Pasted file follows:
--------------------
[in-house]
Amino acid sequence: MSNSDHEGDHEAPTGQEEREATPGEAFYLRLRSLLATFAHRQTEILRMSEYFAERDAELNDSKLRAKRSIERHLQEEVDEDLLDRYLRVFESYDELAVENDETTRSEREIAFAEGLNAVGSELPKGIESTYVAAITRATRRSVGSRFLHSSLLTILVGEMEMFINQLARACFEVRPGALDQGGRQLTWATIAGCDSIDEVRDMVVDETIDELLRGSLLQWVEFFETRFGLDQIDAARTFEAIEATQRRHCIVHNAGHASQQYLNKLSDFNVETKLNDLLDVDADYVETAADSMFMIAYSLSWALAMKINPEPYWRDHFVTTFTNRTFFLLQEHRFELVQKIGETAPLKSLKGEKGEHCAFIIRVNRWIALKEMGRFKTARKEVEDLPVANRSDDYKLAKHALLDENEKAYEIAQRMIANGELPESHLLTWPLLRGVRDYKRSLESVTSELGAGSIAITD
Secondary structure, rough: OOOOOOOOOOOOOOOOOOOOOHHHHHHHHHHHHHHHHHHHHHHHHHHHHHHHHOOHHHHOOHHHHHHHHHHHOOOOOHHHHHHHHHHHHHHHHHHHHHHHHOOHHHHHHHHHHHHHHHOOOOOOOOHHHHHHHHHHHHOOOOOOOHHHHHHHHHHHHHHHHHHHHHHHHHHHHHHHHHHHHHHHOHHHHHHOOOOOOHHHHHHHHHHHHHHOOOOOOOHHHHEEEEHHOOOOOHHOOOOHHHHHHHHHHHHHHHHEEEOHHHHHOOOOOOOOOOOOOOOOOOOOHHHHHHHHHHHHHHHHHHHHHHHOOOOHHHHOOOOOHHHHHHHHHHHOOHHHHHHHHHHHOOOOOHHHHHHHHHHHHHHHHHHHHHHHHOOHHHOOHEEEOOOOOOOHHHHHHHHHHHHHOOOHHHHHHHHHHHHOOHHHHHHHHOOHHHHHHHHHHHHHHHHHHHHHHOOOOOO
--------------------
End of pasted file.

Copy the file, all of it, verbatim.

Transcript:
[in-house]
Amino acid sequence: MSNSDHEGDHEAPTGQEEREATPGEAFYLRLRSLLATFAHRQTEILRMSEYFAERDAELNDSKLRAKRSIERHLQEEVDEDLLDRYLRVFESYDELAVENDETTRSEREIAFAEGLNAVGSELPKGIESTYVAAITRATRRSVGSRFLHSSLLTILVGEMEMFINQLARACFEVRPGALDQGGRQLTWATIAGCDSIDEVRDMVVDETIDELLRGSLLQWVEFFETRFGLDQIDAARTFEAIEATQRRHCIVHNAGHASQQYLNKLSDFNVETKLNDLLDVDADYVETAADSMFMIAYSLSWALAMKINPEPYWRDHFVTTFTNRTFFLLQEHRFELVQKIGETAPLKSLKGEKGEHCAFIIRVNRWIALKEMGRFKTARKEVEDLPVANRSDDYKLAKHALLDENEKAYEIAQRMIANGELPESHLLTWPLLRGVRDYKRSLESVTSELGAGSIAITD
Secondary structure, rough: OOOOOOOOOOOOOOOOOOOOOHHHHHHHHHHHHHHHHHHHHHHHHHHHHHHHHOOHHHHOOHHHHHHHHHHHOOOOOHHHHHHHHHHHHHHHHHHHHHHHHOOHHHHHHHHHHHHHHHOOOOOOOOHHHHHHHHHHHHOOOOOOOHHHHHHHHHHHHHHHHHHHHHHHHHHHHHHHHHHHHHHHOHHHHHHOOOOOOHHHHHHHHHHHHHHOOOOOOOHHHHEEEEHHOOOOOHHOOOOHHHHHHHHHHHHHHHHEEEOHHHHHOOOOOOOOOOOOOOOOOOOOHHHHHHHHHHHHHHHHHHHHHHHOOOOHHHHOOOOOHHHHHHHHHHHOOHHHHHHHHHHHOOOOOHHHHHHHHHHHHHHHHHHHHHHHHOOHHHOOHEEEOOOOOOOHHHHHHHHHHHHHOOOHHHHHHHHHHHHOOHHHHHHHHOOHHHHHHHHHHHHHHHHHHHHHHOOOOOO